Just heard about an intriging use of web 2.0 tools to help a small technology strategy team keep up their combined situational awareness about their various inter-related disciplines. It involves (I think) a shared OMPL file, personal OPML files, RSS aggregation, and a shared del.icio.us account. Hope to find out more and report more fully.
Bill Ives over at Portals & KM has released some new material:
Kathleen Gilroy and I recently completed a report, Preparing for Intranet 2.0: how to integrate new communication technology into your intranet …
Thank you to both Bill and Kathleen for sharing their work.
Via FutureTense, two projects to throw light onto wiki's and how they help with "emergent business". The first, 33 wikis, (already completed) is where they talked about their favourite 33 wikis over 33 days. The second, the wikiwise 50, (just starting) is 50 entries in 50 weeks of wikis "inside the enterprise", which as many of you know, is one of my favourite topics. Watch this space.
It’s always great to meet interesting people – some of them for the first time. As usual there were multiple conversations going on. Here’s some of what I remember (in no particular order):
- The NSW KM Forum will have Karl-Erik Sveiby and Ewen Semple at an event on 7th March. Not to be missed!
- James pointed me towards some interesting research on the use of discussion boards compared to blogs in an educational context. Blogs win, hands down.
- Some interesting discussion of what is / is not “social software”. I think we agreed that a primary differentiator is the conversational nature. Is Writely “social software”? Yes.
- Some unhappiness with tagging. Too limited when trying to find specific content. (But that’s not the point of tagging, is it?)
- There seems to be a derth of people doing anything meaningful with social software inside organisations. Lots of experimentation but nothing substantial. Speculation that the tools are too counter-culture. Shawn: Can you imagine setting up a prediction market and the first bet is on when the CEO will be sacked?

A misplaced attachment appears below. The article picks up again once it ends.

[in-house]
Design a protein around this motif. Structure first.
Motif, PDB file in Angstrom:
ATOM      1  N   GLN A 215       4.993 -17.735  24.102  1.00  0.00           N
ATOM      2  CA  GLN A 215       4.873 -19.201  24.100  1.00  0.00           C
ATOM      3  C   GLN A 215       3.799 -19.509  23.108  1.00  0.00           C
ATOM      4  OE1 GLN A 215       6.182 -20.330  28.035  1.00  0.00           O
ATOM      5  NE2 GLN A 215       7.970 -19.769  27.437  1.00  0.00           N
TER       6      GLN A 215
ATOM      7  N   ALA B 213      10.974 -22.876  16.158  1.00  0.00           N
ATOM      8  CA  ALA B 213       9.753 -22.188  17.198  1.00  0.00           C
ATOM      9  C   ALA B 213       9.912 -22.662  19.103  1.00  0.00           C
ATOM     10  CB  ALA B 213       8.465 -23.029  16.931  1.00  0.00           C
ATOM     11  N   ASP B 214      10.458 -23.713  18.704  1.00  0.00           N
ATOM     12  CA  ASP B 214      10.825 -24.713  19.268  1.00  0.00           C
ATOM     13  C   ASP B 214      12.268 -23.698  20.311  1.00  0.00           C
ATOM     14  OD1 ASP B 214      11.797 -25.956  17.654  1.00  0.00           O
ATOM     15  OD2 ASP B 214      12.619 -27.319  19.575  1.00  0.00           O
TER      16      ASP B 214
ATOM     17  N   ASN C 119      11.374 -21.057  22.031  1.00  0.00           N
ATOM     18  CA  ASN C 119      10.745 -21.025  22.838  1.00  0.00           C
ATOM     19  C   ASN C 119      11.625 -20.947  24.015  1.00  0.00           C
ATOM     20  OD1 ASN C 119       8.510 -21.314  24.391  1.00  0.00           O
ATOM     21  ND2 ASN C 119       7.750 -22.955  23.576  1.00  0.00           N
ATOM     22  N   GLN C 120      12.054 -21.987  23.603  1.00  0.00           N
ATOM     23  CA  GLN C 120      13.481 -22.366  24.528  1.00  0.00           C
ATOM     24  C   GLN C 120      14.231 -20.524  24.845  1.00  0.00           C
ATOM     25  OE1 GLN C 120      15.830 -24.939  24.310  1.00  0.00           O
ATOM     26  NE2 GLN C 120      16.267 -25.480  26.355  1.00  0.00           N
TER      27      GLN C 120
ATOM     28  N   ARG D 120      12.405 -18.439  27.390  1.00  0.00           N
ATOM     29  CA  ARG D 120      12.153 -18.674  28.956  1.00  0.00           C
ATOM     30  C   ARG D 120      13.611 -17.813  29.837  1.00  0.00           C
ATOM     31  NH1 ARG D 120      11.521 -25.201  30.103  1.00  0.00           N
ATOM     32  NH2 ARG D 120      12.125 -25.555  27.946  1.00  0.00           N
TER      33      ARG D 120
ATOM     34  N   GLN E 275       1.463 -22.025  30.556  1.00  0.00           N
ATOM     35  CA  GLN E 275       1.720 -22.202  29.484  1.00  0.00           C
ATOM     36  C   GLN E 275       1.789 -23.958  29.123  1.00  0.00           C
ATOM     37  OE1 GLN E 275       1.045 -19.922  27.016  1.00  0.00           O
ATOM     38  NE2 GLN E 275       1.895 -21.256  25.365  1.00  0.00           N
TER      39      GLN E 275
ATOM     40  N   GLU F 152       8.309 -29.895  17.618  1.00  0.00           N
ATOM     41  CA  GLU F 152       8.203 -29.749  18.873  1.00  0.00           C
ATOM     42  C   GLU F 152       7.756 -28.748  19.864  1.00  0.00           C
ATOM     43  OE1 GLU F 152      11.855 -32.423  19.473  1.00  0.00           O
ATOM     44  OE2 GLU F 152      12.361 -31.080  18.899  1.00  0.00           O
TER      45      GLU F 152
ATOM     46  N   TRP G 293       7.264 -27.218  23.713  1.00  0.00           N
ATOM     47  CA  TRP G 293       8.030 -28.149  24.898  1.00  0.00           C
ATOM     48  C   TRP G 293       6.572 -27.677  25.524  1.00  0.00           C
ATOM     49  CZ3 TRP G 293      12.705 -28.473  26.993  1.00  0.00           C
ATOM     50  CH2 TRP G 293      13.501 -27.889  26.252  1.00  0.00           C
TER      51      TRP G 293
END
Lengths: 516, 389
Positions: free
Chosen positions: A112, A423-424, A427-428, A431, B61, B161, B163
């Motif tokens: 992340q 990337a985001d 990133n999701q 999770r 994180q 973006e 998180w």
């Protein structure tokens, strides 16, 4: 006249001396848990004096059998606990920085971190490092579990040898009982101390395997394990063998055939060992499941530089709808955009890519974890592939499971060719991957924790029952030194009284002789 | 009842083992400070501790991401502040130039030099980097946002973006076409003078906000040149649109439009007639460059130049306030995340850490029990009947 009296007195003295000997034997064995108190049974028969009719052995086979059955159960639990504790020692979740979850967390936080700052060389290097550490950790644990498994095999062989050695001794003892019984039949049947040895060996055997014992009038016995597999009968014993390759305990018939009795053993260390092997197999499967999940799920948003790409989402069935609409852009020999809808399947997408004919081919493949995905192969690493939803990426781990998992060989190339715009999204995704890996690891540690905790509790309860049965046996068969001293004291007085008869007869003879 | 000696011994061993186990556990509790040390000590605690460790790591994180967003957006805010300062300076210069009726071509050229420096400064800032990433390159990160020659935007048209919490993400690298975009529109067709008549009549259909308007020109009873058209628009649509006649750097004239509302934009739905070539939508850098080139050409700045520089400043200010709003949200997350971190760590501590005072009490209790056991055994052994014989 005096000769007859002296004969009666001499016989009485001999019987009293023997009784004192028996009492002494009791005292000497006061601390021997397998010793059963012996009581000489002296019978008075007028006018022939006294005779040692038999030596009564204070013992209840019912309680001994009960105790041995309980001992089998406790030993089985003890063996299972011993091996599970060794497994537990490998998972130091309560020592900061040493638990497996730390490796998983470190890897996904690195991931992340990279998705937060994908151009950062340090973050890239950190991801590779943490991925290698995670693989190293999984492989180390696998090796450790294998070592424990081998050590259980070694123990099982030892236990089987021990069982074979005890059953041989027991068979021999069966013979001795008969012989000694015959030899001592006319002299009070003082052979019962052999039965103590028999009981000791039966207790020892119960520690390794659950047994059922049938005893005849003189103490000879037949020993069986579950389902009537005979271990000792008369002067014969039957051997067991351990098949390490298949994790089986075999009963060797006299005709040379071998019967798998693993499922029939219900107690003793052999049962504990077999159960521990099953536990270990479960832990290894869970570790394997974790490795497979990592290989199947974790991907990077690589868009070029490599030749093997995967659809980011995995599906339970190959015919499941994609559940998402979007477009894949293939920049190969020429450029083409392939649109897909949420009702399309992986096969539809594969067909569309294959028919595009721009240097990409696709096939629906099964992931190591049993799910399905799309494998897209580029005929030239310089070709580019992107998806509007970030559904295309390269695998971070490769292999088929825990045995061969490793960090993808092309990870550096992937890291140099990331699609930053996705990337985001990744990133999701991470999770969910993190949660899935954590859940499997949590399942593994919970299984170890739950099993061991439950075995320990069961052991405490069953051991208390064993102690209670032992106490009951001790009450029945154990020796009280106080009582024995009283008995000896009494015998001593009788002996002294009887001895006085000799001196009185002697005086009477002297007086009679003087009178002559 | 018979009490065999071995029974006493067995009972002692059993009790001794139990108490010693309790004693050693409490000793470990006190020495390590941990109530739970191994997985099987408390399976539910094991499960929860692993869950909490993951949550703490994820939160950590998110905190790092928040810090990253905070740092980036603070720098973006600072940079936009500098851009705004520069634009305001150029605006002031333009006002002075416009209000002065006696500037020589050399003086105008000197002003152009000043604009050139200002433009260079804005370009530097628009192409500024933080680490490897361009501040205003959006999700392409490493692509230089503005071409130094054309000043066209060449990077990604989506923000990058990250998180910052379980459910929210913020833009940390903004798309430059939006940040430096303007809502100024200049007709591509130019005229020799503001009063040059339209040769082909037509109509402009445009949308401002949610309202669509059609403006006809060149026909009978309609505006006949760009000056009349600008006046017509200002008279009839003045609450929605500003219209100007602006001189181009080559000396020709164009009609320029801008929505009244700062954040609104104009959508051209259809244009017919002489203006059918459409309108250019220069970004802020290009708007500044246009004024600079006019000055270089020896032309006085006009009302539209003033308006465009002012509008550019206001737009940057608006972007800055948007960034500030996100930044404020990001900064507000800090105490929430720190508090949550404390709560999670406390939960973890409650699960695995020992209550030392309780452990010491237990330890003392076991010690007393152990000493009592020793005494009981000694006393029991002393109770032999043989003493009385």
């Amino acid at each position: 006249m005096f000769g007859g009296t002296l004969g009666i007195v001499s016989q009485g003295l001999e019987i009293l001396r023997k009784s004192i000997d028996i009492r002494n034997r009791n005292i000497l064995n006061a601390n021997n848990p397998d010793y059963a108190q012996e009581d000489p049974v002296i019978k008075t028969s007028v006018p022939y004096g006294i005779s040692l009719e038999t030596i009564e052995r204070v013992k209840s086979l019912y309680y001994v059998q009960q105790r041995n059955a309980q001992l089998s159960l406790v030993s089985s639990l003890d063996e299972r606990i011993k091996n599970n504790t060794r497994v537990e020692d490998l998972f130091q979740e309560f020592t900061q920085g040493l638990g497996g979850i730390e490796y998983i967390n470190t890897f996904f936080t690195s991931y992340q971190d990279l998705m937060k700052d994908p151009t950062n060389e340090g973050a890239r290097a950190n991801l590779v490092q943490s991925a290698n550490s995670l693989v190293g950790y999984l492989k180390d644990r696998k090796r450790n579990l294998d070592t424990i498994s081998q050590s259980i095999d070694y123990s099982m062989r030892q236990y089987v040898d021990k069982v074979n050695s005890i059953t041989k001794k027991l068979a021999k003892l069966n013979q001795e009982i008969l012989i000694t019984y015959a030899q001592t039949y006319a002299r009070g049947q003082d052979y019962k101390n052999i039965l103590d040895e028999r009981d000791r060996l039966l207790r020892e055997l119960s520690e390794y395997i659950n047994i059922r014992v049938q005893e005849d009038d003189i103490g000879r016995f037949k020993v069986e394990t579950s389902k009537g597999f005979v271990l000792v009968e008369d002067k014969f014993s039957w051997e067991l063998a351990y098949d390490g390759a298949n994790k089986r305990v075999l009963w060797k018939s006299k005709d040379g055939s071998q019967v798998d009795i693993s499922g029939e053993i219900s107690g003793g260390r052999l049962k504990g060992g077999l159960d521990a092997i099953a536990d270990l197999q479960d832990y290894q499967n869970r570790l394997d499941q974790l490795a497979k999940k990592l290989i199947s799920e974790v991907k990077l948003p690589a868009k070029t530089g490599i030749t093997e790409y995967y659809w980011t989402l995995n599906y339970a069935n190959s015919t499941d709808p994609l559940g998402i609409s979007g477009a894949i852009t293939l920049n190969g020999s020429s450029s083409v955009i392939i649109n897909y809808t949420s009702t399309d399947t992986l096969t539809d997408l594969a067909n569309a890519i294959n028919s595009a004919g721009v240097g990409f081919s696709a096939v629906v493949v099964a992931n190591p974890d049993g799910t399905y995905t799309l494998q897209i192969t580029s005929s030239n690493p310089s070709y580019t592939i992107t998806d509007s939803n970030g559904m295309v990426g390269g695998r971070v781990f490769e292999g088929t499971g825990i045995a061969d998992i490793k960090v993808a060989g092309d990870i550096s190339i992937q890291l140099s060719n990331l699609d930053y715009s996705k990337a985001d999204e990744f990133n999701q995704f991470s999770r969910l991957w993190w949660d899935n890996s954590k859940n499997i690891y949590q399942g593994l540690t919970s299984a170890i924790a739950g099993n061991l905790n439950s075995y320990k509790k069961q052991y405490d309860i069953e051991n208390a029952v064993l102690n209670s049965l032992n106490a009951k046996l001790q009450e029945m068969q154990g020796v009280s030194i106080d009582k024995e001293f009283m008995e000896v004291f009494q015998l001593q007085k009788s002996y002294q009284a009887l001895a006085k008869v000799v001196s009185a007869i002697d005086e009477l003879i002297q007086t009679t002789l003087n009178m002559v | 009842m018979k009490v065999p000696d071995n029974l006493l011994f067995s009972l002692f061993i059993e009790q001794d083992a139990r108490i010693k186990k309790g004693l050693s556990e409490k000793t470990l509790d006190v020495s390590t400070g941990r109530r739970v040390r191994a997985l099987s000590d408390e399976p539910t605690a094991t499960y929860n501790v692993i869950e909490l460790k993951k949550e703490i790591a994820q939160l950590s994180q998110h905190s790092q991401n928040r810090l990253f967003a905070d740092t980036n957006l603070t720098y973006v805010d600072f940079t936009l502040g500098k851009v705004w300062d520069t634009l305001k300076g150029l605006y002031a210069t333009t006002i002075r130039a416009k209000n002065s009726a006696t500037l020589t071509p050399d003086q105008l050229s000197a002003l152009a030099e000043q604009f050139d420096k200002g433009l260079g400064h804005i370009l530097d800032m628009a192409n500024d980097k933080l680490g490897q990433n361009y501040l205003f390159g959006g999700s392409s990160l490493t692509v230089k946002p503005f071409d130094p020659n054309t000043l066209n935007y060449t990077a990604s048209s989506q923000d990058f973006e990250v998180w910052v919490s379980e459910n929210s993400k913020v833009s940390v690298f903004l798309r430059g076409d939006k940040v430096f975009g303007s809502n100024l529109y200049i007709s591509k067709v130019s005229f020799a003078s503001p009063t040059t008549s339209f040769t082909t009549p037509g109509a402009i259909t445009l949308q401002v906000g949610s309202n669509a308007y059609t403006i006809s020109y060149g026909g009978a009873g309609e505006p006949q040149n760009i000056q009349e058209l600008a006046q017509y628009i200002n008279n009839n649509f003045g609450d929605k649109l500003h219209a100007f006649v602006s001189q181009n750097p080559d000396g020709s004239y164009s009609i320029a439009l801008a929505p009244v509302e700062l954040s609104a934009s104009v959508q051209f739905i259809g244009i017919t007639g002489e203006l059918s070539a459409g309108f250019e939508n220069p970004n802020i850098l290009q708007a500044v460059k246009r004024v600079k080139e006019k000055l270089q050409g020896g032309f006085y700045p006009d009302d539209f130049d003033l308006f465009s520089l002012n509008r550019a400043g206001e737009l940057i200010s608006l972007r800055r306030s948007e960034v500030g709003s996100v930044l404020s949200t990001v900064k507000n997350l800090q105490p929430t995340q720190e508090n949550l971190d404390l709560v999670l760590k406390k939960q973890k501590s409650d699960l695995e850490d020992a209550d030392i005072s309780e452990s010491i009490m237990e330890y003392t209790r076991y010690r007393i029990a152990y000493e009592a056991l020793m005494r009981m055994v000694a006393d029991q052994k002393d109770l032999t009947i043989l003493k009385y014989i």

- Scoble posts too much. James says he reads the people who read Scoble. The blogsphere is full of people who add value by filtering what they read. I’m sure this is a meme that I’ve picked up on many times.
- Someone (sorry, can’t recall who) mentioned the odd feelings generated when meeting someone who already knows you through your blog, but you don’t know them at all. [Obviously this was someone with a more popular blog than mine!]
Most exciting outcome is shared a desire to organise a social software (un-)conference in Melbourne. We’d like to get 50 or 60 people together.
Is there enough interest? What would you like to see in such an event?
Following on from a recent get together in Sydney, we’ve decided to have a similar event in Melbourne.
So, if anyone is interested in the use of social software (blogs, tagging, rss, podcasts, etc) inside an organisation then come along and meet like minded people for an informal chat over lunch.
Venue yet to be decided.
Contact me via email: amitchell AT urbisjhd DOT com
If you want to come along, the venue is Regina Pizzeria in the QV Precinct. Booking under the name of Matt Moore and Andrew Mitchell. Contact me on 0419 599 744 if needed.
I’m actually a lot more worried about other things rather than can an average user figure out what subscribing is for. I have no doubt they’ll figure it out. … the thing I’ll be asking in my next interview is just how manageable have they made the feeds. After getting several hundred feeds myself it just is a mess. People move URL’s all the time. What happens then?
Robert Scoble asks some good questions regarding the long term usability of RSS and suggests a number of requirements.
Some of the same questions apply when using feeds inside an enterprise. Employees don’t want to cut and paste URLs. They need a single page which lists all the internal feeds available and a simple subscribe/unsubscribe button. And they need an Intranet page (like a behind the firewall Bloglines) where all their feeds are aggregated.
Very interesting post from Ross Dawson about the sorry state of Australian blogging.
While business success increasingly depends on enabling more open information flows inside and outside the organization, actually making this happen requires substantial courage and foresight. Despite Australia’s relative economic success, the corporate sector still seems to be driven more by cost-containment than opportunity-seeking. In an increasingly global, interdependent economy, this will not work well indefinitely.
Perhaps some Australian companies are experimenting with blogs on their Intranets before dipping their toes in the Internet blogosphere. I hope so.